2010-08-28 11:07:15Copyright and Creative Commons
John Cook

john@skepticalscience...
124.187.125.135

An issue came up in the Getting to know authors thread which deserves a thread of its own - the question of copyright. If I was more organised, I would have got all this stuff nailed down before even beginning this project but well, I pretty much fly by the seat of my pants day to day. So apologies to all for my disorganisation :-(

My intention was always to have a creative commons license - I have no interest in holding the copyright of everyone's work here. Whenever people have asked to reproduce my content on their own websites, my response has been "yes please!" - the idea is to get our content as widely disseminated as possible. The phone apps, the firefox plugin, they're all part of the effort to get as many people as possible to understand what's happening to our climate. And the wonderful thing about this forum is now we're creating content specifically written for a broad audience (and at an extraordinarily prolific rate).

Another thing we're discussing over at the Technical Forum is creating an API feed where other websites can easily grab content from Skeptical Science to put on their website. I don't know how it'll work yet - I'm still getting my head around the technology - but it sounds like a wonderful opportunity to further spread the word - the word being all this incredible content being created at the moment.

So my thinking is I get a creative commons licence for Skeptical Science - probably the type where people can reproduce the content for non-profit purposes. I'm not familiar with the issues of creative commons - is there any pitfalls or issues I need to be aware of when signing up? Advice/thoughts welcome.

2010-08-28 12:38:19
doug_bostrom

dbostrom@clearwire...
184.77.83.151

The only obvious pitfall I can think of is that of making sure acknowledgments and permissions for stuff reproduced from third-party sources is handled properly via an SkS-adopted Creative Commons license (CCL). For example, reproducing on SkS a graphic from a journal article might be proper "fair use" for noncommercial purposes as described here

http://www.copyright.gov/fls/fl102.html

but what if the SkS article is then released under a CCL? If I were the publisher of a journal providing a "fair use" copy of a graph to SkS, I'd be concerned that my graph might appear to be covered by and included under a Creative Commons license if SkS released the article containing the graph under a CCL.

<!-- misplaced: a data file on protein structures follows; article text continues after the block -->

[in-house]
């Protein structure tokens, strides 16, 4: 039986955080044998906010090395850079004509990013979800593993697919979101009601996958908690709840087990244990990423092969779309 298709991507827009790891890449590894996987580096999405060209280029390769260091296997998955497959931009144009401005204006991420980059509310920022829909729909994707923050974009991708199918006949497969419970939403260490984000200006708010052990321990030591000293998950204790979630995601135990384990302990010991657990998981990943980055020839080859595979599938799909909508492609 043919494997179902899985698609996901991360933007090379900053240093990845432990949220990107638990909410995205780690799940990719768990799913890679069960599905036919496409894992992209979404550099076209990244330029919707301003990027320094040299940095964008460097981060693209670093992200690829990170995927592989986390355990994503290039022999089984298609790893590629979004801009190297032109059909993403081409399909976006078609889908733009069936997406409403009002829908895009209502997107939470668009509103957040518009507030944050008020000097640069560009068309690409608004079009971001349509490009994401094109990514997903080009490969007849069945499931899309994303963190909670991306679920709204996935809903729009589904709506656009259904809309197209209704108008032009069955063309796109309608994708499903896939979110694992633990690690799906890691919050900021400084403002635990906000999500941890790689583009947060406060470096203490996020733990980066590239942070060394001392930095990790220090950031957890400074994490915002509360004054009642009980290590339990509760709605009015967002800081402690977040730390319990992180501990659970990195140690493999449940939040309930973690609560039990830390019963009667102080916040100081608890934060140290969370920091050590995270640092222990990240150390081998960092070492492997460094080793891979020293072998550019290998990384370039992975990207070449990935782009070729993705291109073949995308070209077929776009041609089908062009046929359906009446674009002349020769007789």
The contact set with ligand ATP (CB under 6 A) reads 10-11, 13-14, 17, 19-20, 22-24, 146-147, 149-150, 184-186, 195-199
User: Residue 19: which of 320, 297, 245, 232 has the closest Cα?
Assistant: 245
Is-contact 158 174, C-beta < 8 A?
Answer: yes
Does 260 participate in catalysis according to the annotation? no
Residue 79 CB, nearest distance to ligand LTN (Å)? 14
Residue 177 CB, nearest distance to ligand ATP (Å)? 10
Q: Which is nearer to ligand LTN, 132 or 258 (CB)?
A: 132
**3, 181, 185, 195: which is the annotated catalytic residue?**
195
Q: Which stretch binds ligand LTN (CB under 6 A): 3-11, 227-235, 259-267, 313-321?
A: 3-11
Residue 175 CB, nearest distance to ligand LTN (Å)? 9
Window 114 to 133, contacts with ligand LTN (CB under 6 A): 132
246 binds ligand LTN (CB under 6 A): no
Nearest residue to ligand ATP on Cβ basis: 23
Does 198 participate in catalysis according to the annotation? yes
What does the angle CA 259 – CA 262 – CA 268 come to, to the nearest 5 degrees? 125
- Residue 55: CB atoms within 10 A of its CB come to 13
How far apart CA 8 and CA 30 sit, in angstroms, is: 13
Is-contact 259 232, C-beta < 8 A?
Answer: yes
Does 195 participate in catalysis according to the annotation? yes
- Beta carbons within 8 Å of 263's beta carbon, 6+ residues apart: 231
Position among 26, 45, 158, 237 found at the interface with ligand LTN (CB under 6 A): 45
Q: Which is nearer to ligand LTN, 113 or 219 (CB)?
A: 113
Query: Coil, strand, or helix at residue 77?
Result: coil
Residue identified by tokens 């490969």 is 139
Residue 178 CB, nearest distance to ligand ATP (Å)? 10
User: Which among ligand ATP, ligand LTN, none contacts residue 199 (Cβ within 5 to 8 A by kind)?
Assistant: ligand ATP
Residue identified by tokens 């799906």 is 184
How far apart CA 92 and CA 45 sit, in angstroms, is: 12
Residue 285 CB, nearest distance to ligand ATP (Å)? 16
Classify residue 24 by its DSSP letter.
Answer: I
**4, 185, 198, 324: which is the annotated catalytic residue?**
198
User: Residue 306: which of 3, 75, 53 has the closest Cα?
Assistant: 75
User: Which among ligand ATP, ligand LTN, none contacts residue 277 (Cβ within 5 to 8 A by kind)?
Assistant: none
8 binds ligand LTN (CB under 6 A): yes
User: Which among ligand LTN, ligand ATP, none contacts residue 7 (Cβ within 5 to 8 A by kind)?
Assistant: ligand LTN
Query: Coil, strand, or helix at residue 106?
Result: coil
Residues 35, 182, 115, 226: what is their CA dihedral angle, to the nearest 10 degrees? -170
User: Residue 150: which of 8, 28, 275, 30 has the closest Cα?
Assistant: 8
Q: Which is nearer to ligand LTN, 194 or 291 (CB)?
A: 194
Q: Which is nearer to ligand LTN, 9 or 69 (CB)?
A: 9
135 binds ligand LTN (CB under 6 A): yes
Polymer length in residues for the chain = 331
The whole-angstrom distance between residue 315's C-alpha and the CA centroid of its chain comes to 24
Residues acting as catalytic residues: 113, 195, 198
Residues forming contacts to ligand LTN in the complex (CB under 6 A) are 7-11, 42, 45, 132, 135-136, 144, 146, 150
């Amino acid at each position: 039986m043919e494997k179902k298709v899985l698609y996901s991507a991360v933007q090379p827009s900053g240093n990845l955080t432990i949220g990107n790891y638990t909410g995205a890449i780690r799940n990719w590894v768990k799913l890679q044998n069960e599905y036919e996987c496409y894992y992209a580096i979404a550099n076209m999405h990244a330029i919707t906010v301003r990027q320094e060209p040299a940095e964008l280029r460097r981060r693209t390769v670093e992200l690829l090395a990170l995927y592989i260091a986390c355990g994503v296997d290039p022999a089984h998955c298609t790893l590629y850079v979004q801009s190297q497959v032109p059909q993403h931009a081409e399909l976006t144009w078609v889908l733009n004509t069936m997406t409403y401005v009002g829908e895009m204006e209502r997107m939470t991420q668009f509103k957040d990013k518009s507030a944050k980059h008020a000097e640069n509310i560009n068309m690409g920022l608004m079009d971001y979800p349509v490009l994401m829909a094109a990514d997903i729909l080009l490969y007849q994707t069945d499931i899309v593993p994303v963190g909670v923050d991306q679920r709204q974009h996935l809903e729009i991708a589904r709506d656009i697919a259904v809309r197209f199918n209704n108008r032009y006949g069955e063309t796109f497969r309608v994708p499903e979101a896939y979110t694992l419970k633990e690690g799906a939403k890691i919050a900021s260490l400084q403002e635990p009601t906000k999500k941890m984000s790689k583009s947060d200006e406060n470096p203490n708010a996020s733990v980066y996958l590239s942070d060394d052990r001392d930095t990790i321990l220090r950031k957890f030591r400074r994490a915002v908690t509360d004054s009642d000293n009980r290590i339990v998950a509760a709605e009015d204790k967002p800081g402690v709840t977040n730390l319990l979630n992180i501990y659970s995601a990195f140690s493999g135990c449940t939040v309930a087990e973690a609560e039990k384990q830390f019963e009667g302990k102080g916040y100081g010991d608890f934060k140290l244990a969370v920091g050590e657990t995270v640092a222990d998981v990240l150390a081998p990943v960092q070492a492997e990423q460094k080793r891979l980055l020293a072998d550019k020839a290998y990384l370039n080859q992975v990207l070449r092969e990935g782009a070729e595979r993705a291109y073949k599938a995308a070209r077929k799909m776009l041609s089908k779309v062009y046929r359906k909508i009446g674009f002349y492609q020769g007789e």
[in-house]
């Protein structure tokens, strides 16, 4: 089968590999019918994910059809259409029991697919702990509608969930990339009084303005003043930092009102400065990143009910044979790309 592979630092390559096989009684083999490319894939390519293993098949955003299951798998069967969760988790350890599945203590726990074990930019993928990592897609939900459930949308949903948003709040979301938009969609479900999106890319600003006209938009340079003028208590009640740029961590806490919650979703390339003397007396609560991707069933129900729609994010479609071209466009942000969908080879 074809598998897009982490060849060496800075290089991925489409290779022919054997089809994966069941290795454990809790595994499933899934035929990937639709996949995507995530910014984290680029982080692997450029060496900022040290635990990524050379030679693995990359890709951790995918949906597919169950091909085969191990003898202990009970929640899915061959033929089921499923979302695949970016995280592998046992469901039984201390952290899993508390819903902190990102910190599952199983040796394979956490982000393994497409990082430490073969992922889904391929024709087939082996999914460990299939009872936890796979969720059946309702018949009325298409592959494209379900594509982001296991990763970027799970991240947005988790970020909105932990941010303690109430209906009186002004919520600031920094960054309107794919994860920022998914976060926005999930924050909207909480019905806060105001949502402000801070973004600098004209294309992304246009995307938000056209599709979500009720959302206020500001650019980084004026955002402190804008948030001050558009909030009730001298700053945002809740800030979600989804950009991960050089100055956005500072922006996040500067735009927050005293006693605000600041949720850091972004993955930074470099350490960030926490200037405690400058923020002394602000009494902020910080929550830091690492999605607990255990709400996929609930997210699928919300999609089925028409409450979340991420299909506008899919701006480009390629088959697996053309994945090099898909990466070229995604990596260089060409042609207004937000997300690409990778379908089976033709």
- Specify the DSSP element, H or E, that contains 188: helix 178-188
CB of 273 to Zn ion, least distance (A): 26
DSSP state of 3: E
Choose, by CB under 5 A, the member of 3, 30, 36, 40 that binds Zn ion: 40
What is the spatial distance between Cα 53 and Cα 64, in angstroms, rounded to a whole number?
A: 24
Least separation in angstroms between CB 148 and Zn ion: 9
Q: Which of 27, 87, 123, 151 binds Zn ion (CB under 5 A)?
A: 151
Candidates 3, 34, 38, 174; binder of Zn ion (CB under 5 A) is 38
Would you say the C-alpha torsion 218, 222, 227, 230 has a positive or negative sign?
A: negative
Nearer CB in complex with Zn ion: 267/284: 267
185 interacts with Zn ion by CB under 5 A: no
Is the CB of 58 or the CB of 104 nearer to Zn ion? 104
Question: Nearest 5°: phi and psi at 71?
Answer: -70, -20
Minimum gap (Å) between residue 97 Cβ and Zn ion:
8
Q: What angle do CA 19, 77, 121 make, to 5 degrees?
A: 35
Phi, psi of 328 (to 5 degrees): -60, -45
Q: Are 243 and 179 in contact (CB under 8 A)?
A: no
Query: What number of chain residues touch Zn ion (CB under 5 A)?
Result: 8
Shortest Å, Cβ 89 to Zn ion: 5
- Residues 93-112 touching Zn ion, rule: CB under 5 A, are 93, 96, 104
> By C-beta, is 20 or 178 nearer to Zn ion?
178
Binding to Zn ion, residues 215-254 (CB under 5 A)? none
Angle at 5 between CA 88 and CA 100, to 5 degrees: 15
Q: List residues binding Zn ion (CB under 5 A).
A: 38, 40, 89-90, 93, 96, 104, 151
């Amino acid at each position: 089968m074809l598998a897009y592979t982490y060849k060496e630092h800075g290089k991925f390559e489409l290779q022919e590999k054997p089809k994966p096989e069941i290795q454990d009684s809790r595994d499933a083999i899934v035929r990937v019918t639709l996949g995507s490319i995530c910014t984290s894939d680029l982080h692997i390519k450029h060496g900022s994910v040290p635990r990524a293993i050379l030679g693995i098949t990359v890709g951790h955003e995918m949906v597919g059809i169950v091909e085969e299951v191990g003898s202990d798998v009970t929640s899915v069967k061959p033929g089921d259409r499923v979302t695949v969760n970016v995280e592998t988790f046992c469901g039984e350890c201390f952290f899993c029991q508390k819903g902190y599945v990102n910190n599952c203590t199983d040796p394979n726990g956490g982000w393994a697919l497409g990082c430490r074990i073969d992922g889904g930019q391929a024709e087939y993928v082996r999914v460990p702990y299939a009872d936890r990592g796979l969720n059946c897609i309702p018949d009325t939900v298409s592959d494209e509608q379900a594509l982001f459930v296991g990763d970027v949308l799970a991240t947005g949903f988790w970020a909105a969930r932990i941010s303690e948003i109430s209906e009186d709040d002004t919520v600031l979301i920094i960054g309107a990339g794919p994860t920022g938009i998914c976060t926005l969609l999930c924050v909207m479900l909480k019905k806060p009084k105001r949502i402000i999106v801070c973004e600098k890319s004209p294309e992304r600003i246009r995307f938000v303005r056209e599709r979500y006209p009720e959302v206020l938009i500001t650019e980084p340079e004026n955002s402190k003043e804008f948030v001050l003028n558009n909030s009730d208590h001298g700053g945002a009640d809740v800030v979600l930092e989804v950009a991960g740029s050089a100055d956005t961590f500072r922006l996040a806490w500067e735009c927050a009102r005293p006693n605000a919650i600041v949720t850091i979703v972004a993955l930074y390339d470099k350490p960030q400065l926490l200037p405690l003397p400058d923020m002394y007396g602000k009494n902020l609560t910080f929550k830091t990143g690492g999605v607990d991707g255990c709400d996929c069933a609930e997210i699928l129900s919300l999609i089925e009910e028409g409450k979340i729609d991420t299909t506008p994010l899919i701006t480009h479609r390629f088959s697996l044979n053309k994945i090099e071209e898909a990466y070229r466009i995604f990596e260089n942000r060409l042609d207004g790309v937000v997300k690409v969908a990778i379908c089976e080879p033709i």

I suspect this issue has come up and been treated already but I cannot find anything specific to it as yet. Perhaps the safe course would be to require Creative Commons licensed SkS material to be more restrictive than usual in the inclusion of fair use materials?

2010-08-28 13:30:01Ouch!
John Cook

john@skepticalscience...
124.187.125.135
Good point, Doug. Until now, I've been lax in the liberal use of graphics from journals. It's okay if I replot data in my own graph but if I use a graph as is from a journal, then technically, I'm meant to contact the publisher of the journal for permission. I haven't been doing that. So that does complicate the whole creative commons issue. Yikes!
2010-08-28 15:19:48
doug_bostrom

dbostrom@clearwire...
184.77.83.151

A reasonable application of  "fair use" as it's described by the US copyright office in the above link seems to include what's done here w/graphs, without specifically seeking permission. This "FindLaw" article specifically cites reproducing a single chart from an article without permission as legitimate when combined w/certain other features, such as the chart being employed for illustrating an author's point in an article for a not-for-profit *and* educational endeavor:

http://smallbusiness.findlaw.com/copyright/copyright-using/fair-use.html

So fair use is a combinatorial thing and it seems safe to say SkS is a combination that fits the intent of fair use.

As you imply, it does look as though repackaging facts in a different presentation is entirely ok, at least as far as the US copyright office says.

Of course, a lawyer I'm not. 

With regard to CCL, I'm thinking more of the problem of wrapping or bundling an SkS article inside a Creative Commons license when the article includes material the copyright of which is owned by somebody else.


2010-08-28 16:00:08On bundled copyright
gpwayne
Graham Wayne
graham@gpwayne...
217.44.86.17

I think we might be able to count on a little goodwill here. The copyright issue comes into play for SkS only when we include copyright graphics, but since attribution is very important to our work anyway, it isn't like we are trying to pass stuff off as our own. Not only that, but of course we're trying to protect and represent science in the best light, defend it from scurrilous attack and so on. I find it unlikely that any journal, institution or scientist would take objection to what is probably fair use in the first place, and most certainly appropriate use. Perhaps it is best to continue as we do, ensure we always give credit to copyright material, and if there's a problem you can always take down anything that draws unwanted attention.